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String King Ready for Dixie Poker Ace

String King and jockey James Graham (black cap) puts his nose in front of Kissimmee Kyle and Wildrally to win the 21st running of the Louisiana Day Turf at Fair Grounds.  Hodges Photography / Amanda Weir
Charlie Smith’s String King gave his owner his first career victory as a trainer in Fair Grounds’ $100,000 Louisiana Champions Day Turf three weeks ago, but does the owner-trainer who also bred the 4-year-old gelding think a second String King win is likely this weekend in New Orleans? In other words, can String King ace Saturday’s $60,000 Dixie Poker Ace Stakes?

 

The 31st renewal of the Dixie Poker Ace – restricted to accredited Louisiana-breds and renamed a few years ago in honor of the winner of the first three editions of the Louisiana Champions Day Turf – is scheduled to be contested at about one mile over Fair Grounds’ Stall-Wilson turf course as the featured race this weekend. The Champions Day Turf run three weeks ago was run at about 1 1/16-miles.

 

“He’s training great – in fact he’s training super,” said Smith, speaking over the phone from his Haughton, Louisiana, home base Thursday of String King, who breezed a half mile in 51.80 at Fair Grounds on Christmas Eve in his only recorded move since his nose victory in the Turf Dec. 10. “I couldn’t be happier with how he’s coming up to the race Saturday, and I’m not concerned at all about the shorter distance he’s running Saturday.

 

“The only thing that bothers me about Saturday’s race is the weights,” said Smith, immediately switching to a caveat worthy of consideration. “He’s going to be the youngest horse in there (foaled April 1, 2008), but he’s being asked to carry the most weight (124 pounds). Wildrally, who finished third, two noses behind us last time, is dropping four pounds, and we’re picking up nine. That’s a 13-pound swing in the weights. Wildrally is a good horse. He won the Dixie Poker Ace last year.

 

“It’s the weights Saturday that have me worried,” said Smith. “The distance Saturday does not. You know the old saying, ‘Weight will stop a freight train.’”

 

Smith, 65, a Louisiana native, bought his first horse as a Thoroughbred owner back in 1973. He suffered through some heartbreaking initial setbacks as a breeder, but stuck with his game plan and is now in a position to reap further rewards. However, the hard years have also inspired the necessary economic prescience of Smith’s dream, as evidenced by his travel plans for the upcoming weekend.

 

“I’m still in Haughton, so I plan to leave at about six o’clock Saturday morning to come over to Fair Grounds,” Smith said. “The hotel where we stayed three weeks ago was $30 a night that time, but when I called that hotel back to see if I could reserve a room for this trip they wanted more than $200 a night for the same room. I guess that’s because of that (BCS) Bowl game Monday. So I think we’ll be looking for a room in Covington.”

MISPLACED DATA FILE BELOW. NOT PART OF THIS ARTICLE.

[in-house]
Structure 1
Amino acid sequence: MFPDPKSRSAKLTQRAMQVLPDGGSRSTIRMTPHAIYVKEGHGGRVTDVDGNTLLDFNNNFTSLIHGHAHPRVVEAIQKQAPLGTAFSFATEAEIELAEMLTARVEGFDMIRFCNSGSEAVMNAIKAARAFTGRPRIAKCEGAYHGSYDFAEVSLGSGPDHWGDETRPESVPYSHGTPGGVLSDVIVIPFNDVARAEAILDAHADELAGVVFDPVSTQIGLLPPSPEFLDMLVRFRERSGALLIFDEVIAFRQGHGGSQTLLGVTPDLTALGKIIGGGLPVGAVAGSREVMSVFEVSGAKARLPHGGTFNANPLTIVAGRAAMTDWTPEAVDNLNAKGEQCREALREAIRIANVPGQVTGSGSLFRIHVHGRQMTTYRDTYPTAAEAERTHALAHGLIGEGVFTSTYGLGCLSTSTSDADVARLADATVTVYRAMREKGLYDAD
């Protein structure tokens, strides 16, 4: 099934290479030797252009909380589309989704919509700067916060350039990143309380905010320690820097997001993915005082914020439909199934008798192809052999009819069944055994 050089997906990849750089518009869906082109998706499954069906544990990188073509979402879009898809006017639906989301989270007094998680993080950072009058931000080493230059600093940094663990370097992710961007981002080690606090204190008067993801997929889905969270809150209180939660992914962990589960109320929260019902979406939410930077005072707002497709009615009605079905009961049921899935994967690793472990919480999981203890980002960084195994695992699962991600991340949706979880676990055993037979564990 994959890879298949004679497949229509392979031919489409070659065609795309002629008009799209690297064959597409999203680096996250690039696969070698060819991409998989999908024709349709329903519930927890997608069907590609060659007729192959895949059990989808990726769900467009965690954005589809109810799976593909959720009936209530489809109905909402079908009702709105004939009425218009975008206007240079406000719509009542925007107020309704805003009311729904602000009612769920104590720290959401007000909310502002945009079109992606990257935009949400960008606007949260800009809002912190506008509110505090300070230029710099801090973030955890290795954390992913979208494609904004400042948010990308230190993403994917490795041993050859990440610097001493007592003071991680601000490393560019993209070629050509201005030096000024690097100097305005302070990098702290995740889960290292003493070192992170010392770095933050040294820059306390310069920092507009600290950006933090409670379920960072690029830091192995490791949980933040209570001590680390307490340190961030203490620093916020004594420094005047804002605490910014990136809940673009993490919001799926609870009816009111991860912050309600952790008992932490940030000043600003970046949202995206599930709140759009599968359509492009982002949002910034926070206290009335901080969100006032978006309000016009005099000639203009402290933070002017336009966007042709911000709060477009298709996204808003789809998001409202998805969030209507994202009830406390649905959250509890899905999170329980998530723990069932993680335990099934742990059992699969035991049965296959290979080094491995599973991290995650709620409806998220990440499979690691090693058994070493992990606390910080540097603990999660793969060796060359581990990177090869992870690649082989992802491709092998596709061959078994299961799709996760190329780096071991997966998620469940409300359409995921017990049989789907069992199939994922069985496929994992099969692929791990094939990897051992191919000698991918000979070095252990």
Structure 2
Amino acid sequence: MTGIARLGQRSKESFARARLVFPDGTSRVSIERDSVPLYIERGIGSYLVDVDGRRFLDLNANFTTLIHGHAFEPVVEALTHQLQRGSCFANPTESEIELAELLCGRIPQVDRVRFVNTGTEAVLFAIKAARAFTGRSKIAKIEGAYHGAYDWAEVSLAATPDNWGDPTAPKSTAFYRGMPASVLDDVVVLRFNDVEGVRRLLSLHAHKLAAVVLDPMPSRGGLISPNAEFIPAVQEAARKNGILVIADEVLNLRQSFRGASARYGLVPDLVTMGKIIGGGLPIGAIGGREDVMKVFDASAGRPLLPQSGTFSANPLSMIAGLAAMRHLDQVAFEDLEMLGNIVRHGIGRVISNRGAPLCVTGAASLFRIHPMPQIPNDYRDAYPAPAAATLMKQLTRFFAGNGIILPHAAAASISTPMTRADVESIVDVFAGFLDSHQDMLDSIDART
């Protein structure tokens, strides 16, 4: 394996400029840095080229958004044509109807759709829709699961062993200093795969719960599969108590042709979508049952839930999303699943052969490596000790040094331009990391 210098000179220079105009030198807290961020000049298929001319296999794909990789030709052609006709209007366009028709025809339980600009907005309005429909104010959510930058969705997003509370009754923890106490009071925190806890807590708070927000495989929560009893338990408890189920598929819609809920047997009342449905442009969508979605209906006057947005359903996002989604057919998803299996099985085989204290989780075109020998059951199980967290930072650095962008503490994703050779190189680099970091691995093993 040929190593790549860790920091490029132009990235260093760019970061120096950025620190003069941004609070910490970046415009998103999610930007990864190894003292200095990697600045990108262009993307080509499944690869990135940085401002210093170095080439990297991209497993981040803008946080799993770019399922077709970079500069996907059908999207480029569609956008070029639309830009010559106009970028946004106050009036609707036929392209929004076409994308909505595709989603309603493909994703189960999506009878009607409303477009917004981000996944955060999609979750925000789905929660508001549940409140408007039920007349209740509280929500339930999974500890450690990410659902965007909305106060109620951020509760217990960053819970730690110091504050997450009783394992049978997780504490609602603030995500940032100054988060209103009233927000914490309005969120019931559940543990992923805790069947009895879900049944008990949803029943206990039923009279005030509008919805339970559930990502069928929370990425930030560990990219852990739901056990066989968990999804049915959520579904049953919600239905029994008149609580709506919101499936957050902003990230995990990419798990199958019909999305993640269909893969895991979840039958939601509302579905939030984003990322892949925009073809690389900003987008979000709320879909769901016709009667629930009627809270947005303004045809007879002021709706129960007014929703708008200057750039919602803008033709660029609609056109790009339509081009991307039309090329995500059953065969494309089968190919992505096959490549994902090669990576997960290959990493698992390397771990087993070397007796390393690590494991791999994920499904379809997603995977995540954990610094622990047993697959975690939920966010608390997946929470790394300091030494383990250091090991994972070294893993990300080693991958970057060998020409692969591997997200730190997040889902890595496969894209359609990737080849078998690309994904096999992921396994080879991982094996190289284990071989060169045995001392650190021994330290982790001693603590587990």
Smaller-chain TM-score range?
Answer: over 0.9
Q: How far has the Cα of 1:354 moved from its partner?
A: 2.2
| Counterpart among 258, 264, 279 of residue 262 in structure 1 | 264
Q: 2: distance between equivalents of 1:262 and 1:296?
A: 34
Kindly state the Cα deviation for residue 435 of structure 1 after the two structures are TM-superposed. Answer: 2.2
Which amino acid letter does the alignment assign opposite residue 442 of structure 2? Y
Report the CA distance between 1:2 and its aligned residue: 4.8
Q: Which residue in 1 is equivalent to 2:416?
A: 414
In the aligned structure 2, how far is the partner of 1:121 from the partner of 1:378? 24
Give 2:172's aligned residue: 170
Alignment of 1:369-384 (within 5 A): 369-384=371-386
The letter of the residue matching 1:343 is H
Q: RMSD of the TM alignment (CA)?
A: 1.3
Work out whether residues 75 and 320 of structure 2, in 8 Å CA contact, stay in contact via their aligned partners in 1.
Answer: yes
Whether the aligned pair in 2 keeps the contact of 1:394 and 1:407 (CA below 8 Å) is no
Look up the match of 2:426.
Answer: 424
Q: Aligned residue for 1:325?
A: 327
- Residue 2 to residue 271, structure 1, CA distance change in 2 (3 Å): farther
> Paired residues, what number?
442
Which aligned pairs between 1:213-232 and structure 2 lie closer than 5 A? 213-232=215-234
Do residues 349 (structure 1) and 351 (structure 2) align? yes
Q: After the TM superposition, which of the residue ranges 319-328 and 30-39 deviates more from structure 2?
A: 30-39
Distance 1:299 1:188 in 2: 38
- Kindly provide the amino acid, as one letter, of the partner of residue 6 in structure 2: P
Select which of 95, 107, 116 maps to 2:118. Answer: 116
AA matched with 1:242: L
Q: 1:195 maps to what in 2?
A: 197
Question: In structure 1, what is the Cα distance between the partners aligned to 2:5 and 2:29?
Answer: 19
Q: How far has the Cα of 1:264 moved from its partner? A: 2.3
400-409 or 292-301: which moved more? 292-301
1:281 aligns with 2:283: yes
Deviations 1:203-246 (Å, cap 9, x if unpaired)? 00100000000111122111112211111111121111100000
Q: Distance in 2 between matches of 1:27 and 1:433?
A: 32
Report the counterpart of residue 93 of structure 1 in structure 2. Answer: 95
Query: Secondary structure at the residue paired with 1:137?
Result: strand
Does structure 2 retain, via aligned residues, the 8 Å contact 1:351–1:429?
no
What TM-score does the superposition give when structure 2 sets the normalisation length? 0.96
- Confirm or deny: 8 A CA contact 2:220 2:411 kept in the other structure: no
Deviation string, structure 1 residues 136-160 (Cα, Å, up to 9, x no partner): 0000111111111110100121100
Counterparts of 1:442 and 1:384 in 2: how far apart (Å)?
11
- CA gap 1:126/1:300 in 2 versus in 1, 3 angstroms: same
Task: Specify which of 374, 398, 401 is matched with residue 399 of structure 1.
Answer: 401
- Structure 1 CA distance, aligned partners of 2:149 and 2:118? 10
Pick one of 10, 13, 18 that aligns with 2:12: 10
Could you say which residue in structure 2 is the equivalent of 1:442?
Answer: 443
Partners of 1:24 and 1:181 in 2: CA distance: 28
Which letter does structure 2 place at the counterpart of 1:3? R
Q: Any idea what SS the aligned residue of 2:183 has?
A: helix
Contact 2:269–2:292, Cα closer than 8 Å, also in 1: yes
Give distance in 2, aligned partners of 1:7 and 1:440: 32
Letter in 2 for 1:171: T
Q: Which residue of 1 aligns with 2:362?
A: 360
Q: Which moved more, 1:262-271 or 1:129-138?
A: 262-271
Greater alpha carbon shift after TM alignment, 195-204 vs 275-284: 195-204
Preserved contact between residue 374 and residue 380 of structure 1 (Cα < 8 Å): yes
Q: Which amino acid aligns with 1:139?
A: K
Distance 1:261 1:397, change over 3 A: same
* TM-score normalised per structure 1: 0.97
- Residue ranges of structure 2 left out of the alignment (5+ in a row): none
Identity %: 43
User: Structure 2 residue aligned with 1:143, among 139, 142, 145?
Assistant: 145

DIXIE POKER ACE STILL BEING DEALT THE GOOD LIFE AT 25 


Sebastien Farm silks were sported when Dixie Poker Ace won the first three runnings of Fair Grounds’ $100,000 Louisiana Champions Day Turf in the early ‘90s, but it is Lora Pitre, owner/manager of Peach Lane Farms in Opelousas, Louisiana, who has made sure the gallant gelding has enjoyed a successful retirement since his profit-producing years came to an end.

 

Pitre has taken care of Dixie Poker Ace for the last 16 years of his life, and is still able to report good news about the gelding’s life since he came under her care about six months after he stopped racing.

 

“He’s getting old, and he’s starting to show his age,” said Pitre of Dixie Poker Ace, who has Saturday’s Fair Grounds featured stakes race named in his honor. “He’s been getting a little grayer around the muzzle lately, and he’s lost some teeth, but he still gets around pretty good. Sometimes, when we go to catch him in his paddock, he’s still able to run away if that’s what he feels like doing that day. 

 

“The important thing is, he’s still a happy horse,” said Pitre. “He eats everything he’s given and he’s still enjoying his life. As long as that’s the case, we’re going to try to keep him around as long as we can.”

 

Although Pitre has about 100 horses on her farm, including a handful of stallions, a number of boarders and a host of broodmares, that equine total includes a baker’s dozen of retirees in addition to Dixie Poker Ace.

 

“Those guys deserve a place to live, too,” said Pitre. “I don’t make any money on them.”

 

 

 

 

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